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In propositional logic, I have now the following formulas.

$X\equiv A \implies (B \vee C)$,

$Y\equiv (A \implies B) \vee (A \implies C)$.

I have already proven that Y implies X. But does X imply Y? Who can help me with a derivation, of a intuitionistic counterexample?

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Which kind of counterexamples do you recognize? –  Henning Makholm Jul 10 '12 at 11:37
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I suddenly wonder: Are you aware that "intuitionistic" is a technical term in logic? That is, are you looking for an answer to whether $X$ implies $Y$ in the particular restricted system of logic called "intuitionistic logic", or do you just want an intuitive explanation of what happens in ordinary (classical, aka non-intuitionistic) propositional calculus. The answers to those to questions are not the same! –  Henning Makholm Jul 10 '12 at 11:53
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2 Answers 2

Assuming that you do mean intuitionistic logic: Intuitively (!), $X$ does not ituitionistically imply $Y$.

What $X$ says is "If you give me an $A$, then I'm going to give you a $B$ or a $C$ in return, but I will not tell you which before I get to see your $A$."

On the other hand in intuitionistic logic, the meaning of $Y$ is: "I'm going to promise you either that if you give me an $A$ I will give you a $B$, or that if you give me an $A$ I will give you a $C$ -- and you can ask me which of these it will be before I even see your $A$."

Having somebody who promises me $X$ is not going to help me satisfy contract $Y$.

Arguments in this style use the Brouwer-Heyting-Kolmogorov interpretation of what an intuitionistic proof ought to be. It is connected to the Curry-Howard isomorphism.

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I am indeed looking for a derivation/proof in the particular restricted system of logic called "intuitionistic logic". This exercise is in the propostional logic, where I am used to prove things in Gentzen's system of natural deduction. At the moment I have no idea if I should look for a proof or a counterexample. We would have a counterexample if for instance, from X, Y is reckless. Also, I have seen Kripkemodels being used as counterexamples for this kind of exercises (i.e. X yields on all nodes, but Y doesn't). –  Maaike Jul 10 '12 at 12:09
    
@Maaike: "I have no idea if I should look for a proof or a counterexample" -- well, since I'm telling you that the implication is not intuitionistically valid, looking for a proof would be futile. But it still confuses me that you keep speaking alternately about "intuitionistic logic" and "the propositional logic" as if they were the same thing. Usually "propositional logic" without a qualifier means classical propositional logic. And your implication is classically valid. –  Henning Makholm Jul 10 '12 at 12:16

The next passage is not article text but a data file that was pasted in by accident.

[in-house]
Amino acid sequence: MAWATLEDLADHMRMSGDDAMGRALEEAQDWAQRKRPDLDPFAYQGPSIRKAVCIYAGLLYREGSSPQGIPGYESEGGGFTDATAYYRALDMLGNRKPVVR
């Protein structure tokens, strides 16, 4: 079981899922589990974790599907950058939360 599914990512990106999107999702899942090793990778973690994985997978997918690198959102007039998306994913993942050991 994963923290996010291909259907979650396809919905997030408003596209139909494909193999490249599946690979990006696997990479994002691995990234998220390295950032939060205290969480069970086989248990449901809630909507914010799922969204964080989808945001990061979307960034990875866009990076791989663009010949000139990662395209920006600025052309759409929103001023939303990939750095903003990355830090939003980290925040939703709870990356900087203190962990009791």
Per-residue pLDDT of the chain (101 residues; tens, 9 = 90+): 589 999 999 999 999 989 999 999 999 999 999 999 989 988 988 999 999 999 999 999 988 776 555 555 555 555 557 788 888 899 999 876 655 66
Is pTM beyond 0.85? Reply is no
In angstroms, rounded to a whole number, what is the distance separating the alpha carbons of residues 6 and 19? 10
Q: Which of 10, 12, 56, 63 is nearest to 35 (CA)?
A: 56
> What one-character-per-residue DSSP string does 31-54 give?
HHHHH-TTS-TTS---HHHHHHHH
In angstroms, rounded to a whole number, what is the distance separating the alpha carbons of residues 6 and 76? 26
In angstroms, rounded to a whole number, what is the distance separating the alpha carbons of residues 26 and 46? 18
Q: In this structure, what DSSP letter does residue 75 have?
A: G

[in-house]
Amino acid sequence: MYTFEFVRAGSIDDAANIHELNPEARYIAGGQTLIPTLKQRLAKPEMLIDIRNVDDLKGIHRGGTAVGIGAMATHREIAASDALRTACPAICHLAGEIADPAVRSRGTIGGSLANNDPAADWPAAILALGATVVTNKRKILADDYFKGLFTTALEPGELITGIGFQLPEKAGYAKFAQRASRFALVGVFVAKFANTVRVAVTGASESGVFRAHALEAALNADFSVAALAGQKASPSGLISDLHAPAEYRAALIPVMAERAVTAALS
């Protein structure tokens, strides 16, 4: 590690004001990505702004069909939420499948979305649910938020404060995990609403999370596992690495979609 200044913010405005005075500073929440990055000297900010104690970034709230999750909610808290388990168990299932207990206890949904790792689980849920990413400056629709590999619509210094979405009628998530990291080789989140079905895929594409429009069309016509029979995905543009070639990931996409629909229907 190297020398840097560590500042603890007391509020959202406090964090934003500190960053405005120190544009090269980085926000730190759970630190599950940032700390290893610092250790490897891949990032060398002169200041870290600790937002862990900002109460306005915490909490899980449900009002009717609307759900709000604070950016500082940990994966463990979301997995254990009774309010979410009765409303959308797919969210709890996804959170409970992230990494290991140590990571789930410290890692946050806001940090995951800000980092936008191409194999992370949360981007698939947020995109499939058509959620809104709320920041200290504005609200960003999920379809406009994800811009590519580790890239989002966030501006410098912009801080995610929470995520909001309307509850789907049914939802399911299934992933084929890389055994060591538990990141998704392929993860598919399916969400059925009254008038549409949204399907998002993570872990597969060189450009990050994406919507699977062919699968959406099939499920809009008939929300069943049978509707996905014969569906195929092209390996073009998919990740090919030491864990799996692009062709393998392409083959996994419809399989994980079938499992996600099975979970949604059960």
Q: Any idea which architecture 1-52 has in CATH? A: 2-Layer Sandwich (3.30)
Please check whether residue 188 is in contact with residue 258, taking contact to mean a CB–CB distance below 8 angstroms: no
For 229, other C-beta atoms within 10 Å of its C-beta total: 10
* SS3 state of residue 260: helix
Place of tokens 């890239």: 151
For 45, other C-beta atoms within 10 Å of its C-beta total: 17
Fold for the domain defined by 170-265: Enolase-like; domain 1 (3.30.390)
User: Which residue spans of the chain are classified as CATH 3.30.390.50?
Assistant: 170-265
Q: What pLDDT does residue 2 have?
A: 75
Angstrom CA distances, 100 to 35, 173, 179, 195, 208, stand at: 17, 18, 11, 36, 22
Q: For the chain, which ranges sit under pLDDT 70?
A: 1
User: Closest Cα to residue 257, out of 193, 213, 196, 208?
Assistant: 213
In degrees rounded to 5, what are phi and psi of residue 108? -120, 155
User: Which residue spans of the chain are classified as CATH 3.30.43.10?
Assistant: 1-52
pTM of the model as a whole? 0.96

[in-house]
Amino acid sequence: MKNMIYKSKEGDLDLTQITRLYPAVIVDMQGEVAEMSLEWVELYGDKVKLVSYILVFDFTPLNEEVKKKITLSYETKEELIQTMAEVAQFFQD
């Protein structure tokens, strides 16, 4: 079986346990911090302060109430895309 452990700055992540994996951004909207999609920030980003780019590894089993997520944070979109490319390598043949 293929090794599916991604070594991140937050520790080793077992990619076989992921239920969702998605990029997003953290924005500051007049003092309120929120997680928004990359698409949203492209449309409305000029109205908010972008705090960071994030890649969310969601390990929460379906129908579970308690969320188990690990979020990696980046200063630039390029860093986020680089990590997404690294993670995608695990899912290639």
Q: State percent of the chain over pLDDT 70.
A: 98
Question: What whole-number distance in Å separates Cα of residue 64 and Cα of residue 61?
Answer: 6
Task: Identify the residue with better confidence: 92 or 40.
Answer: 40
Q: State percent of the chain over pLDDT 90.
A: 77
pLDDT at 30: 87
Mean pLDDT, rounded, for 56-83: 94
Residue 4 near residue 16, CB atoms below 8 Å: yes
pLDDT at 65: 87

You say "reckless" as if that was a technical term. I'm not aware of what it would mean. –  Henning Makholm Jul 10 '12 at 12:17
    
Reckless is indeed a technical term in intuitionistic mathematics/logic. It means that something is not necessarily true (in intuitionistic (int.) logic). For instance, the statement 'A or not-A' is reckless in int. logic. This is because there is an int. counterexample for this Law of Excluded Middle. –  Maaike Jul 10 '12 at 12:28
    
By your first explanation, I am now confinced that the implication is not intuitionistically valid. Thank you for that! But do you know a more technical counterexample? I.e. Your answer showed what the difference between both is, but doesn't show a case where X is true but Y isn't. –  Maaike Jul 10 '12 at 12:33
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Let $\mathfrak{A}$ be the frame of open subsets of the real line $\mathbb{R}$. A frame is a complete Heyting algebra, so intuitionistic propositional logic can be interpreted in $\mathfrak{A}$.

Let $B = (-\infty, 0)$ and $C = (0, \infty)$ and let $A = B \cup C$. Then, $(A \Rightarrow B \cup C) = \top$ (of course!) but $(A \Rightarrow B) = B$ and $(A \Rightarrow C) = C$, so $(A \Rightarrow B) \cup (A \Rightarrow C) = B \cup C = A$. But $\top \nleq A$ in $\mathfrak{A}$, so we cannot intuitionistically infer $(A \Rightarrow B) \lor (A \Rightarrow C)$ from $A \Rightarrow (B \lor C)$.

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Thank you for this answer. I understand it almost completely, except for one thing: You say that (A->B)=C but isn't it (A->B)=B? Since B is a subset of A? Not that this would matter for the argument following after it.. Just to be sure. –  Maaike Jul 10 '12 at 14:16
    
@Maaike: Sorry, yes, of course. –  Zhen Lin Jul 10 '12 at 14:35
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